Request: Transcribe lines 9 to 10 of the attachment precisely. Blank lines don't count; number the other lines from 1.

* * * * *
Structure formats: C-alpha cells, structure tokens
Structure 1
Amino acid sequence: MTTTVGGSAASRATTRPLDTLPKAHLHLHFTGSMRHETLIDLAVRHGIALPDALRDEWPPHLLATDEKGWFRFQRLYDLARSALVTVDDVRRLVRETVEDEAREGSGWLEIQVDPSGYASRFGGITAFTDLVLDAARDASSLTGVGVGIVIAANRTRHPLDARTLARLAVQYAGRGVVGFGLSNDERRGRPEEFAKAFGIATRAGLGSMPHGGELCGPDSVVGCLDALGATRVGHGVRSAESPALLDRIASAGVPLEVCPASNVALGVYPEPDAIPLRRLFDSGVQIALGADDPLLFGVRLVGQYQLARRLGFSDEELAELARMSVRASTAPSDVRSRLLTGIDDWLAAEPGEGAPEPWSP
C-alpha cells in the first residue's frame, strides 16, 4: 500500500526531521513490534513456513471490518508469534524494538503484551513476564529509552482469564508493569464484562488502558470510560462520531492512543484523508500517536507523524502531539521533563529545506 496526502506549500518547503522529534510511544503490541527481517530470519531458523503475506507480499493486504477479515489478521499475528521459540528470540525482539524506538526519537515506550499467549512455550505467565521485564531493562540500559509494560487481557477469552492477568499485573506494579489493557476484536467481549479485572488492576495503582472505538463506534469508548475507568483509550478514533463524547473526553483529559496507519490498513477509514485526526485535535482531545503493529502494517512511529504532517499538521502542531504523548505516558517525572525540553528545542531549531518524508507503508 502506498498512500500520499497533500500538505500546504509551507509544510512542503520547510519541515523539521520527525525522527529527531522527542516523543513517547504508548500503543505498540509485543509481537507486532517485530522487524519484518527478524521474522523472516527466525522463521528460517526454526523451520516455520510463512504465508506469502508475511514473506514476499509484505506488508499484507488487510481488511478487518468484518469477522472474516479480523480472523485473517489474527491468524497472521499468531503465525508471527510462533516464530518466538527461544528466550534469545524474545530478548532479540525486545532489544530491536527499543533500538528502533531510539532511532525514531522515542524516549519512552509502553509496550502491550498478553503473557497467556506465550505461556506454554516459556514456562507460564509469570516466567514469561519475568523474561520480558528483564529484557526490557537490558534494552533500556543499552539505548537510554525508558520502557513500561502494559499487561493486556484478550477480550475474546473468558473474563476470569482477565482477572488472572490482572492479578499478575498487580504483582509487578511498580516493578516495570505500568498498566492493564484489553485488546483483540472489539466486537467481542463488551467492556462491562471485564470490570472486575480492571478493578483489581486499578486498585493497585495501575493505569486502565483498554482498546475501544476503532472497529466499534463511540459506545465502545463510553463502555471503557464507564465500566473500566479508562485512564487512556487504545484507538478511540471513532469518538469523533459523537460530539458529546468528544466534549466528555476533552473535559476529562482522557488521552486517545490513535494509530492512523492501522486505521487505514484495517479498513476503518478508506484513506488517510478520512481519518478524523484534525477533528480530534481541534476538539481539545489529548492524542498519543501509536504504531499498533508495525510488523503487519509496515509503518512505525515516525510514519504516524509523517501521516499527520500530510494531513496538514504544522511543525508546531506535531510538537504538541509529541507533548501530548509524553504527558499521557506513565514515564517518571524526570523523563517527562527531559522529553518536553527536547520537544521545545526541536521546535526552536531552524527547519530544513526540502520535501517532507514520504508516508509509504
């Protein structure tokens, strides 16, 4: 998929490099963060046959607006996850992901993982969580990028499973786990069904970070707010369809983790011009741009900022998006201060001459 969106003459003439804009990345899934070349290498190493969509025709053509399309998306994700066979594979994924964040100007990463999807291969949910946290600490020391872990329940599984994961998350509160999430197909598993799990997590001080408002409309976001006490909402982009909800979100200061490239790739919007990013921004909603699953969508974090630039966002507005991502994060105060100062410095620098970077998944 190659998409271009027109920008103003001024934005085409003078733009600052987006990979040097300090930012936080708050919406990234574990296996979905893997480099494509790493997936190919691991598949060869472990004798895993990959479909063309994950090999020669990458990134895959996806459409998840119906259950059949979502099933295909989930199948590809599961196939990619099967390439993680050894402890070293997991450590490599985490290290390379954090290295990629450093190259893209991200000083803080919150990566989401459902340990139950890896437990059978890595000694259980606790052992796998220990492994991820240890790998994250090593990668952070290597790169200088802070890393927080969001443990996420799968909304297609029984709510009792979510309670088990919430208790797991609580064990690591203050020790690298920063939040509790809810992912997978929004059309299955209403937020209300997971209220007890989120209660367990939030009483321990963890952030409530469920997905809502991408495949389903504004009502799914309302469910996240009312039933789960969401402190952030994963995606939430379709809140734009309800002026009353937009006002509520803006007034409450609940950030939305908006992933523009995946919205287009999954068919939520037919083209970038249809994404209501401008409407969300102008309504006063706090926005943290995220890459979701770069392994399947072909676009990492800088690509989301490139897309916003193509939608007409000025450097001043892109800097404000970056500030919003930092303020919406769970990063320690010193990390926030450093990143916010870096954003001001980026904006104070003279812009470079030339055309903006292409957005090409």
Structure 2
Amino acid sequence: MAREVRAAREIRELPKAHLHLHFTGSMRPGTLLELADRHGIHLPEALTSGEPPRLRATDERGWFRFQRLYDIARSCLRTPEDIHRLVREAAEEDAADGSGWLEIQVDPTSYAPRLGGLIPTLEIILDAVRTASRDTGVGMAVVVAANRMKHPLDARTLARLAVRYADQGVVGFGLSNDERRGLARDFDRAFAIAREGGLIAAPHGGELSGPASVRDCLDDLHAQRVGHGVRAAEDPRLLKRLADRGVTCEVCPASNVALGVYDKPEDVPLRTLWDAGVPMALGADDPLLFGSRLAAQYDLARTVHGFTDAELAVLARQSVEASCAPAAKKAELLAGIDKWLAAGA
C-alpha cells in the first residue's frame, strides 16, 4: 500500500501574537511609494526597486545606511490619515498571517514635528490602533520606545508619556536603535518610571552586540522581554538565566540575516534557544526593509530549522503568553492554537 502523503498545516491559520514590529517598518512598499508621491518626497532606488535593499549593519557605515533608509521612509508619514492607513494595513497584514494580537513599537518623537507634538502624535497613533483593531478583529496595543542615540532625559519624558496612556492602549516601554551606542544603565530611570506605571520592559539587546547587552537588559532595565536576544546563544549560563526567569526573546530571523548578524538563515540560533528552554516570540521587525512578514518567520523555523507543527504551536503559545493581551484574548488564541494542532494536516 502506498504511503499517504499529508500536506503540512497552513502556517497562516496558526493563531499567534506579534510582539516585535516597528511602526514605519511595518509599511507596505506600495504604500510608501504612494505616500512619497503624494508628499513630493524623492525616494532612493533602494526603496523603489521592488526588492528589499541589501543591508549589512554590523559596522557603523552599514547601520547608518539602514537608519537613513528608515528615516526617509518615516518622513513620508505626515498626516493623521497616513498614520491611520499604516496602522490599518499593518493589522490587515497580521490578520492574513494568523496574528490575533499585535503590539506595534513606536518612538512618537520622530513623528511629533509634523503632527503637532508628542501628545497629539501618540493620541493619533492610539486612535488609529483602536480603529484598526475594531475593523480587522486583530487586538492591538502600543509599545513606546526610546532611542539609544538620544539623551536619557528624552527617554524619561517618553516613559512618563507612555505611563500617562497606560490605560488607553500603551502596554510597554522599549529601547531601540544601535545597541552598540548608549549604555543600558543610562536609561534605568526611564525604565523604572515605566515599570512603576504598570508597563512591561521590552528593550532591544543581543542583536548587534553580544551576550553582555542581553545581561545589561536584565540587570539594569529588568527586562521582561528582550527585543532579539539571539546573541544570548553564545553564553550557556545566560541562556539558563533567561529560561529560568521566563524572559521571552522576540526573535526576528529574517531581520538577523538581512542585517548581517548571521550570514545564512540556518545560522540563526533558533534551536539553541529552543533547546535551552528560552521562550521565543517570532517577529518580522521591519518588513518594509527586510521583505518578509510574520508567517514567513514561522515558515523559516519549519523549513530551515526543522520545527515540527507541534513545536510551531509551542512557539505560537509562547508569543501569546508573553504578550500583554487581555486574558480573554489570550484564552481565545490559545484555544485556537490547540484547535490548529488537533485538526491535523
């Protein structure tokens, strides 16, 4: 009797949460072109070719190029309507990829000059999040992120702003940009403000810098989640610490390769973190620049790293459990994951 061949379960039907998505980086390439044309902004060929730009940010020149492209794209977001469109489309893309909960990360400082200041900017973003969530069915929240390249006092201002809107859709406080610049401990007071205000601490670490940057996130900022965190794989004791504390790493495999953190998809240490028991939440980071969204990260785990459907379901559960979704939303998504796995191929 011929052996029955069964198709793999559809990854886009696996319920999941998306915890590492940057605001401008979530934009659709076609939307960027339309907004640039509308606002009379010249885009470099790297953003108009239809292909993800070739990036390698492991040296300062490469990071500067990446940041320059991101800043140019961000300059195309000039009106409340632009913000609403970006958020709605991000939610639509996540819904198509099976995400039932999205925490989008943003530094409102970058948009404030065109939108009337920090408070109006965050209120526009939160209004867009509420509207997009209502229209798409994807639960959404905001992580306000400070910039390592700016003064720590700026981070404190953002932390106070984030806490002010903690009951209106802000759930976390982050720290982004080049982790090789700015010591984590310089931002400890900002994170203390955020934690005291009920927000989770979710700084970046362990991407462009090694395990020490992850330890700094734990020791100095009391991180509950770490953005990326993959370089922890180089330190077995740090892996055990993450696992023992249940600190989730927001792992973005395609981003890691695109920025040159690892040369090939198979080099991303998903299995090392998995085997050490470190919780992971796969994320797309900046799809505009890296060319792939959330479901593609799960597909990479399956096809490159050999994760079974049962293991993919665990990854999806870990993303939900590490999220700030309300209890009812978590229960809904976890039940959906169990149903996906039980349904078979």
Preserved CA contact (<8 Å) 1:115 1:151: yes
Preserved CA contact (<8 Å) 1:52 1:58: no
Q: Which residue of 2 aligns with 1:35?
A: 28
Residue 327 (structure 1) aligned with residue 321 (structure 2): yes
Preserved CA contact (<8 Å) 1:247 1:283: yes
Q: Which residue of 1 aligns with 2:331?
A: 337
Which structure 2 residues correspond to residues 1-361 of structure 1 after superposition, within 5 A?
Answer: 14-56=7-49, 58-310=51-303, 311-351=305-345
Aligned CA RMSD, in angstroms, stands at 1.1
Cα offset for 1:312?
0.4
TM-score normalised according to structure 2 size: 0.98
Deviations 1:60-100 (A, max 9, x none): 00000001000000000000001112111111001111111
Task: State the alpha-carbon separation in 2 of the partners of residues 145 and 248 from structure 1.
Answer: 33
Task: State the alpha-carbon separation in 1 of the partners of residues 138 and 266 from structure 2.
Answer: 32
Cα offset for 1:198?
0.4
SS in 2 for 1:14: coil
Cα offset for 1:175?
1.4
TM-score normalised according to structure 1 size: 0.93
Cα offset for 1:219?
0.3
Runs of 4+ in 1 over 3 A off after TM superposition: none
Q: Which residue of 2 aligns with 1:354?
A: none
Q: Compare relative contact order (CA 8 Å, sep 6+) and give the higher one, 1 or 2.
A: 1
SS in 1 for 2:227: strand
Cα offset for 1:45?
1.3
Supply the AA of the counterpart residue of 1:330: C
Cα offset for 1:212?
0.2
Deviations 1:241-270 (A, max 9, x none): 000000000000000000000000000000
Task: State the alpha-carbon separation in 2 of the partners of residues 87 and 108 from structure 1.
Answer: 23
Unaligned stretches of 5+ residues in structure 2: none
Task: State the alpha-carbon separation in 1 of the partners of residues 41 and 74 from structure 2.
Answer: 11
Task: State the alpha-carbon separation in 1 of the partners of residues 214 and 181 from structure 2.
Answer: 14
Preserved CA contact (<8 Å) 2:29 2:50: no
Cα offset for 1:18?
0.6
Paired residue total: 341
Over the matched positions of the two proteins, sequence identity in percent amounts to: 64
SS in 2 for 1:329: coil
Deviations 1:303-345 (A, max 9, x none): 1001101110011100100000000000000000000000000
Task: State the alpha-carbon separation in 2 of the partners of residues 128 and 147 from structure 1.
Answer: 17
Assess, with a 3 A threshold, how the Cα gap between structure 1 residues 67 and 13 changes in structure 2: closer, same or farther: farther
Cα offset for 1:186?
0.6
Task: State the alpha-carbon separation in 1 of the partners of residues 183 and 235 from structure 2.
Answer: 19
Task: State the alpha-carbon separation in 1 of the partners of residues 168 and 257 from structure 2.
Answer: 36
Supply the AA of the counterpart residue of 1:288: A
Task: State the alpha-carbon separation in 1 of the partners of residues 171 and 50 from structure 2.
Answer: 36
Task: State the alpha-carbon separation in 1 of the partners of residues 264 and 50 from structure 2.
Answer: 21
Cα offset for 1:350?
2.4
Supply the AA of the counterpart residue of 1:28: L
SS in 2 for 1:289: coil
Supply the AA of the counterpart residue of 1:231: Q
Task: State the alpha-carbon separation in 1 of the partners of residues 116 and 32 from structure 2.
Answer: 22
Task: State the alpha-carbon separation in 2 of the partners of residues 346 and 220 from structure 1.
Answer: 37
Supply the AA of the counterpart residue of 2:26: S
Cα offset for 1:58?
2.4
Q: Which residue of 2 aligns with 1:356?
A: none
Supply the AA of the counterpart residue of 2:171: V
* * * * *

């Protein structure tokens, strides 16, 4: 009797949460072109070719190029309507990829000059999040992120702003940009403000810098989640610490390769973190620049790293459990994951 061949379960039907998505980086390439044309902004060929730009940010020149492209794209977001469109489309893309909960990360400082200041900017973003969530069915929240390249006092201002809107859709406080610049401990007071205000601490670490940057996130900022965190794989004791504390790493495999953190998809240490028991939440980071969204990260785990459907379901559960979704939303998504796995191929 011929052996029955069964198709793999559809990854886009696996319920999941998306915890590492940057605001401008979530934009659709076609939307960027339309907004640039509308606002009379010249885009470099790297953003108009239809292909993800070739990036390698492991040296300062490469990071500067990446940041320059991101800043140019961000300059195309000039009106409340632009913000609403970006958020709605991000939610639509996540819904198509099976995400039932999205925490989008943003530094409102970058948009404030065109939108009337920090408070109006965050209120526009939160209004867009509420509207997009209502229209798409994807639960959404905001992580306000400070910039390592700016003064720590700026981070404190953002932390106070984030806490002010903690009951209106802000759930976390982050720290982004080049982790090789700015010591984590310089931002400890900002994170203390955020934690005291009920927000989770979710700084970046362990991407462009090694395990020490992850330890700094734990020791100095009391991180509950770490953005990326993959370089922890180089330190077995740090892996055990993450696992023992249940600190989730927001792992973005395609981003890691695109920025040159690892040369090939198979080099991303998903299995090392998995085997050490470190919780992971796969994320797309900046799809505009890296060319792939959330479901593609799960597909990479399956096809490159050999994760079974049962293991993919665990990854999806870990993303939900590490999220700030309300209890009812978590229960809904976890039940959906169990149903996906039980349904078979």
Preserved CA contact (<8 Å) 1:115 1:151: yes